There are only a few times in life when you are privileged to witness something few people get to see, and so it was on a recent USO trip to SW Asia. I chose the word privileged because that was the overwhelming feeling I had watching the young men and women who represent us in remote, hostile locations on the other side of the world.
The are proud and confident. They are the kind of people you want your children to become when they grow up. They go about their jobs without complaint, without questioning the politics or military orders that took them away from their families to a desolate and dangerous part of the world. Thousand of miles from home, I felt an overwhelming pride in America, because that is what they are. They are America.
Thank you for the privilege.
Drawing cartoons is pretty easy, really. All the cartoonists have to do is observe life and draw a picture of it. For example, this cartoon?
It really happened.
So did this (pretty much):
Most cartoons, just like most jokes, have an element of truth in them. The trick is to describe the scene and punchline in a few squiggles and words. In the case of military cartoonists, there is another challenge – to poke fun of an established institution without getting smashed. Many of my cartoons are almost direct quotes – but the faces, uniforms and settings have been changed to protect the one being made fun of (often senior officers), and to protect the innocent (me).
And it works! The only exception is when the joke is about the cartoonist himself, in which case everyone already knows who it is about.
(That actually happened too.)
[updated Aug 19]
If you have ever flown in a Blackhawk helicopter, you have probably heard of the hurricane seat – the one place where the wind and rotor rotation combine to create a near constant wind tunnel effect on the poor sap sitting there. Here are a few shots of MAD Magazine legend Sam Viviano in the hurricane seat during a recent USO trip to SW Asia. Luckily, I was sitting across from him and was able to snap a few photos.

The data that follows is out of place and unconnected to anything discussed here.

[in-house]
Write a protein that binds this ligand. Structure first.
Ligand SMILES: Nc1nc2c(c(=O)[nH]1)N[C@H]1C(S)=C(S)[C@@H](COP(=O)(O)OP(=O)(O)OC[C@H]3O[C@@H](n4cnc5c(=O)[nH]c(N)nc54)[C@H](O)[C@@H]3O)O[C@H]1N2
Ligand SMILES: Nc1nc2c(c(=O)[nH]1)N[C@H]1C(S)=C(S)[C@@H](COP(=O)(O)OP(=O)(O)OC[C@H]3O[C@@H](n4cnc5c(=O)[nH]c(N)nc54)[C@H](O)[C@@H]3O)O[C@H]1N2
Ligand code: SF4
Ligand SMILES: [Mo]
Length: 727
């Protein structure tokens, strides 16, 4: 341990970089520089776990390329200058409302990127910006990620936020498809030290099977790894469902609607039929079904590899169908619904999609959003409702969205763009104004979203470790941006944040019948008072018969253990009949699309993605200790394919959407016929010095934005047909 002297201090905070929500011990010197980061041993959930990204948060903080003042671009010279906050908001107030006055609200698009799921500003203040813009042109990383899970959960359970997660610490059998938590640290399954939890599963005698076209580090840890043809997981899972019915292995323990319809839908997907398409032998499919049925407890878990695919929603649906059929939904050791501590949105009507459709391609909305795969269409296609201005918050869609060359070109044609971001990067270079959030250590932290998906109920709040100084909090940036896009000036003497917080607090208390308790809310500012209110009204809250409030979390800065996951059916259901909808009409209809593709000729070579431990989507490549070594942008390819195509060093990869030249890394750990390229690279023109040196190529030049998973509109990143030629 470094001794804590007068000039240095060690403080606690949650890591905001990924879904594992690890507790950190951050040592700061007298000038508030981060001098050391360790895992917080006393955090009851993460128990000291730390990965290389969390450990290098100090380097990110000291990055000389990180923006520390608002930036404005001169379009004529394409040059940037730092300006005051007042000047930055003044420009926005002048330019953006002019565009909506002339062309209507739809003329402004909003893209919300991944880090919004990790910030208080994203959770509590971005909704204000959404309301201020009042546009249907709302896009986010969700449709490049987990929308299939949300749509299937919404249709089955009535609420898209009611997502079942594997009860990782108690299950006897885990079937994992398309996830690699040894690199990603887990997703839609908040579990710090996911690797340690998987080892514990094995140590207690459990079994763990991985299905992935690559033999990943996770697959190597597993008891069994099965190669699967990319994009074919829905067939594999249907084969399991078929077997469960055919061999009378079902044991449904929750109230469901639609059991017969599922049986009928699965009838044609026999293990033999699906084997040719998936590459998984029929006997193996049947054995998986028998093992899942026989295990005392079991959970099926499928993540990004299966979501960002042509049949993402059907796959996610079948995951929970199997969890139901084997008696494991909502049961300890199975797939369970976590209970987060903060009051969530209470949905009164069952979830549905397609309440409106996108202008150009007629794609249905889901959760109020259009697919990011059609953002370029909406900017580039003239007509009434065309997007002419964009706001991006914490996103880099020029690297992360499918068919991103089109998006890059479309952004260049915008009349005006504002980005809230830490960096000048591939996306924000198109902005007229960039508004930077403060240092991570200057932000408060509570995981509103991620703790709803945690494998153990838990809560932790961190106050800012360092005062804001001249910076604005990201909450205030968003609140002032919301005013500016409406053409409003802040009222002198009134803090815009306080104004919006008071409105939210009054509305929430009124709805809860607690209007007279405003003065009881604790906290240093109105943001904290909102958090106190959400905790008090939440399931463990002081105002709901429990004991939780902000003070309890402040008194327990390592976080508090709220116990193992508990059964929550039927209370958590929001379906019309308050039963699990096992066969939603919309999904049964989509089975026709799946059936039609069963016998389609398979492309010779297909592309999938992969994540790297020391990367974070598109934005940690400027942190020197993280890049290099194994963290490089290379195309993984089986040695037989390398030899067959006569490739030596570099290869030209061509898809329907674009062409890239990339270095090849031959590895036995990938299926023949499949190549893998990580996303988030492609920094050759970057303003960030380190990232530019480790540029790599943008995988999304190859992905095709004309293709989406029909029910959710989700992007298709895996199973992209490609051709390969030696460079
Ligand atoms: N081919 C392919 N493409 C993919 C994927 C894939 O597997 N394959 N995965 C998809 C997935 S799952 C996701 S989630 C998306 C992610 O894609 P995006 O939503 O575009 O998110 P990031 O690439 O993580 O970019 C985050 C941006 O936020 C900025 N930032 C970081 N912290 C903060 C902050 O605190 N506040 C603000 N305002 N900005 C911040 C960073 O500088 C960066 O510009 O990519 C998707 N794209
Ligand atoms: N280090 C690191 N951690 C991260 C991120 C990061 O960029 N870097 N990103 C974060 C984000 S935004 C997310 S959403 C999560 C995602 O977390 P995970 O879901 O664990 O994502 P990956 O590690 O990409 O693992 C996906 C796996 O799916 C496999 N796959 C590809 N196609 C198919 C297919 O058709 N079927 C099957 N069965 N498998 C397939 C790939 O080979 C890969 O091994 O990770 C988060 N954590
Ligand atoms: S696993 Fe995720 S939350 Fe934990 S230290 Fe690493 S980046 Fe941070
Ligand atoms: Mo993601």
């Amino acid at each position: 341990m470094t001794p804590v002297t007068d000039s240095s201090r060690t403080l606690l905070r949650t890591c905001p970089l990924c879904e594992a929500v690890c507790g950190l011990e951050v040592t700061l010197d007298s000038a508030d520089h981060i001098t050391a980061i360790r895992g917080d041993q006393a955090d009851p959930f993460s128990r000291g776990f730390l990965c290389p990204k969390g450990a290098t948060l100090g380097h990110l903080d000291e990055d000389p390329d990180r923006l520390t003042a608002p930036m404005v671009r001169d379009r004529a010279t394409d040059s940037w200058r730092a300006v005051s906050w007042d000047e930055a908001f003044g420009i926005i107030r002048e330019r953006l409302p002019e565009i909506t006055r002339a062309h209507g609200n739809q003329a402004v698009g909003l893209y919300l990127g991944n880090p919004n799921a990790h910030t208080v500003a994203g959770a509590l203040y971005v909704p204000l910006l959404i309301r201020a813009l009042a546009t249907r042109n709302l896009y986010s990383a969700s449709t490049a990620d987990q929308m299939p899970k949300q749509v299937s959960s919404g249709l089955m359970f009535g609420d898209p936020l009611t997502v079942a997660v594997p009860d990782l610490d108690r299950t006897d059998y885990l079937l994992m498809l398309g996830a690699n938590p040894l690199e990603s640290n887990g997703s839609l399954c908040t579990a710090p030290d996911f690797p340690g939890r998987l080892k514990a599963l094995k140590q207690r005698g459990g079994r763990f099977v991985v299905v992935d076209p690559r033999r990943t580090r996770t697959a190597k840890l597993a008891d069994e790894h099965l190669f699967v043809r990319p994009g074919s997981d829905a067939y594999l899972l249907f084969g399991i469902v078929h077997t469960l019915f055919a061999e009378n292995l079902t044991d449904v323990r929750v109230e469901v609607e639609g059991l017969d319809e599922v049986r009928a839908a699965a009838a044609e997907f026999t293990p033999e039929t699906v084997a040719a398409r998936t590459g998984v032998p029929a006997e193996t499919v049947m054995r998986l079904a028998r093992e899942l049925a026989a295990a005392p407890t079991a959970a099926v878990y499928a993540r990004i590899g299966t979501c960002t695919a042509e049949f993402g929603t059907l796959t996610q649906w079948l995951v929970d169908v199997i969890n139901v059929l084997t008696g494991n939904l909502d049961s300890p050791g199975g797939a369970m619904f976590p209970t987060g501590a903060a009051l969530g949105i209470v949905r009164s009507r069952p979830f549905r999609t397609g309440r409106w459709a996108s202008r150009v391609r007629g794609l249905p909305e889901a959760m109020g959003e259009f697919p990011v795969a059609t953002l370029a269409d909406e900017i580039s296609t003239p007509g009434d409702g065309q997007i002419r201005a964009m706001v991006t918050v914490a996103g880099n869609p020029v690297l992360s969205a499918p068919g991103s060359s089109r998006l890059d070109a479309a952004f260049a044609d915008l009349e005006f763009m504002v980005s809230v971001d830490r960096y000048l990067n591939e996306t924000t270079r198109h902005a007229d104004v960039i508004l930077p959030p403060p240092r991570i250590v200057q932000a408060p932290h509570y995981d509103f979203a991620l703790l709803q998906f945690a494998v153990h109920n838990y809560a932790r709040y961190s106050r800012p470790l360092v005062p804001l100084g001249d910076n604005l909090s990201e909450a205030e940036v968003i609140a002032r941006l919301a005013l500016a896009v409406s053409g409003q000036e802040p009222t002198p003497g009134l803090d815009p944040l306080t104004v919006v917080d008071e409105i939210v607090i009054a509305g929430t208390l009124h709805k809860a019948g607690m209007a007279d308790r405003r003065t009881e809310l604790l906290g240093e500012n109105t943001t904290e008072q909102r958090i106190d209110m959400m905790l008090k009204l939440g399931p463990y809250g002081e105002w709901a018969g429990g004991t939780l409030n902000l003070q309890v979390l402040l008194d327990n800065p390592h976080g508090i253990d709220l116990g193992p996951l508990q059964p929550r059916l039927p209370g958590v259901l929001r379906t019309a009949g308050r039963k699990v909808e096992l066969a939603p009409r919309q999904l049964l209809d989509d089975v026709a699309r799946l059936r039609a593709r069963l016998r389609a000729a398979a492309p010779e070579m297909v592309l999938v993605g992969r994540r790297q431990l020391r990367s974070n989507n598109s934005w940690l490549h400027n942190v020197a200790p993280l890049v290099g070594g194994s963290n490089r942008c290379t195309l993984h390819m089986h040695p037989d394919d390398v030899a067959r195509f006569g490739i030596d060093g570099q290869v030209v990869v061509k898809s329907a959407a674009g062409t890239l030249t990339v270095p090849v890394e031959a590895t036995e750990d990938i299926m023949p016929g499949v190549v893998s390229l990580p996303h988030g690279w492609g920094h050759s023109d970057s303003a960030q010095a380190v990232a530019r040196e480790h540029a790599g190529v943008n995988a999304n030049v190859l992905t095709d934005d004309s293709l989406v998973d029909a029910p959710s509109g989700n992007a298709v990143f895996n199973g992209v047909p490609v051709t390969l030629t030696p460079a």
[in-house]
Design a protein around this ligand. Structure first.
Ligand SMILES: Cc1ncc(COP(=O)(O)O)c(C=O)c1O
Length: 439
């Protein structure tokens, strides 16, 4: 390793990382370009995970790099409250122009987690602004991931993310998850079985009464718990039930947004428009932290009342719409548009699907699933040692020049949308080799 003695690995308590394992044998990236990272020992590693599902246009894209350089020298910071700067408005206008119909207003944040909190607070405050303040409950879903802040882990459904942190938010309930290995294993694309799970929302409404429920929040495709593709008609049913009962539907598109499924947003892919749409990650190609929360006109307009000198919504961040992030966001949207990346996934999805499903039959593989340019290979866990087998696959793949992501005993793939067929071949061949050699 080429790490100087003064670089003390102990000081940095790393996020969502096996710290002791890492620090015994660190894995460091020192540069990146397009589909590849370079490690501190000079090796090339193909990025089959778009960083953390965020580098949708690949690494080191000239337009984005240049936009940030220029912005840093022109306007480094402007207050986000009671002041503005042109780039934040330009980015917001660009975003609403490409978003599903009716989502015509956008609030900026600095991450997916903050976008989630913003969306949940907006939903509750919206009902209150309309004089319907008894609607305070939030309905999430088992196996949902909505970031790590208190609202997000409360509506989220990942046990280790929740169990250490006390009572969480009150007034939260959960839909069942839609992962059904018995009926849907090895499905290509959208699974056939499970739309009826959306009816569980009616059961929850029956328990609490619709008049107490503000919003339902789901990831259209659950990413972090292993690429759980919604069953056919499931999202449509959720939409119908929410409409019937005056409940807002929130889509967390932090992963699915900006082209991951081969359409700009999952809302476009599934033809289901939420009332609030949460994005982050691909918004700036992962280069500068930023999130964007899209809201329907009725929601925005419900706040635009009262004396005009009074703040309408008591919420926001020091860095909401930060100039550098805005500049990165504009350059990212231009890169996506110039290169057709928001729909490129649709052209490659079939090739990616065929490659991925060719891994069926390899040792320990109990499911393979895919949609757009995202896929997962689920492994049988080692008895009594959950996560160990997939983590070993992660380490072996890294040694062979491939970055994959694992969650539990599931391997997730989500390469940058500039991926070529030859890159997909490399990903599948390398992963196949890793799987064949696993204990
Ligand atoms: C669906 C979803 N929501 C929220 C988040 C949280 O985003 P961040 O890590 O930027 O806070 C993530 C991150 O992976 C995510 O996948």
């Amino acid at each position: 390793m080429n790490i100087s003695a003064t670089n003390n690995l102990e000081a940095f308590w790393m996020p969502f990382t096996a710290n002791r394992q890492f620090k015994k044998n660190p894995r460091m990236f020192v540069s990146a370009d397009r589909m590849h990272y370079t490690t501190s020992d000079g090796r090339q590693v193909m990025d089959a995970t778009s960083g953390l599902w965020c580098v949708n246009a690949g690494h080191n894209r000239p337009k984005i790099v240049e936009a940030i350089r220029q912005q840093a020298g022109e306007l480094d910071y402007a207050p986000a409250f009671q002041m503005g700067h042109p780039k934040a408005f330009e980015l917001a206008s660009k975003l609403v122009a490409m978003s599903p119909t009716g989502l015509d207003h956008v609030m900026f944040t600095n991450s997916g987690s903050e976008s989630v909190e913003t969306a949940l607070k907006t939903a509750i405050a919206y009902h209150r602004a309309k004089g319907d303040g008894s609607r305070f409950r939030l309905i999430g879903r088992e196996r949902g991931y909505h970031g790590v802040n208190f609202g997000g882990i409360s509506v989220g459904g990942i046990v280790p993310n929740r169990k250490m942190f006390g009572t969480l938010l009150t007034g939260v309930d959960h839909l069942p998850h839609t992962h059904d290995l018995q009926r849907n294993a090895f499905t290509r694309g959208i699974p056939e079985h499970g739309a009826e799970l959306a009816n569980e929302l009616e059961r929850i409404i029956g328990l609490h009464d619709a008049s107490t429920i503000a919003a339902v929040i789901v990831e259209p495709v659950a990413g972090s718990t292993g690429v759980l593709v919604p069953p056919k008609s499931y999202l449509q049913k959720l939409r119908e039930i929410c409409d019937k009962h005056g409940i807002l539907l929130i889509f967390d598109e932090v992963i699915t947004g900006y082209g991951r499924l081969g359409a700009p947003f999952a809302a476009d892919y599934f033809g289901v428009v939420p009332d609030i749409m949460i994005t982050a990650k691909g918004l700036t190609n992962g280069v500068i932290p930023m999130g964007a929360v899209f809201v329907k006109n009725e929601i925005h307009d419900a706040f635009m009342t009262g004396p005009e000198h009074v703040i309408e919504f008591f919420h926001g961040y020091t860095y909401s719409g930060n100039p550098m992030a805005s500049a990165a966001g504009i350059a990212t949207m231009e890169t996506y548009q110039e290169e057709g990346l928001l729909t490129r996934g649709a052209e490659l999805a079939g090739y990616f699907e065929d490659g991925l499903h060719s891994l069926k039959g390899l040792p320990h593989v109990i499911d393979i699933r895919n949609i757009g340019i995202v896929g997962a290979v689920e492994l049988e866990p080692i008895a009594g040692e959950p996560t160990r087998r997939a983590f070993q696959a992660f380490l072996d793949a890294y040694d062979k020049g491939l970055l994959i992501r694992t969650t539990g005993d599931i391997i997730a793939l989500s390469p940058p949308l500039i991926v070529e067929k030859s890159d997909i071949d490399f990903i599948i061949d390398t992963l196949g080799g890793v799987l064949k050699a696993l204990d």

Here is Sam, ready to go. Winds are moderate, barely storm force. He looks confident and strong.
Category 1 – winds are increasing. He tries to maintain composure.
Category 2 – full blown hurricane now. He is showing signs of discomfort and concern.
Category 3 – he would be putting up sand bags and seeking shelter if he could, but sadly (for him, not for the rest of us), he couldn’t.
Giant Voice poster in Iraq (2009)
I just returned from a week in (an undisclosed location in SW Asia), and although this was my third trip into theater, the only “Giant Voice” announcements I ever heard sounded like “mphhMPPPLphr”, or the sound you might hear if you put your hand over your mouth and tried to say something important.
But this time I heard it loud and clear. A few of us (me, MAD Magazine legend Sam Viviano, our USO rep, and the DOD escort) were lingering in the Dining Facility (known universally as the DFAC) and the DOD escort was telling us a story. In mid-sentence she was interrupted by the Giant Voice.
There were incoming IDFs, or Indirect Fire projectiles and the announcement told us to take cover. Our USO companion, an experienced and well-traveled man, looked at me for an instant and dropped to the floor. So did the DOD escort.
I am no Einstein, but when the two most experienced people in a group of four dive to the floor, it is a pretty good idea to do the same.
After the impact (two mortars hit near another DFAC and no one was killed, thankfully), we were given the all clear and sat back up at the table.
Then the DOD escort continued her story as if nothing had happened at all.
I didn’t hear a word she said.
I was on a USO tour last week and was unable to post about a week and a half’s worth of scheduled cartoons and articles. Now that we have returned, I decided it would be best to just post them all at once. Everything from August 4th until today have now been put up for you to read.
PS It’s good to be home!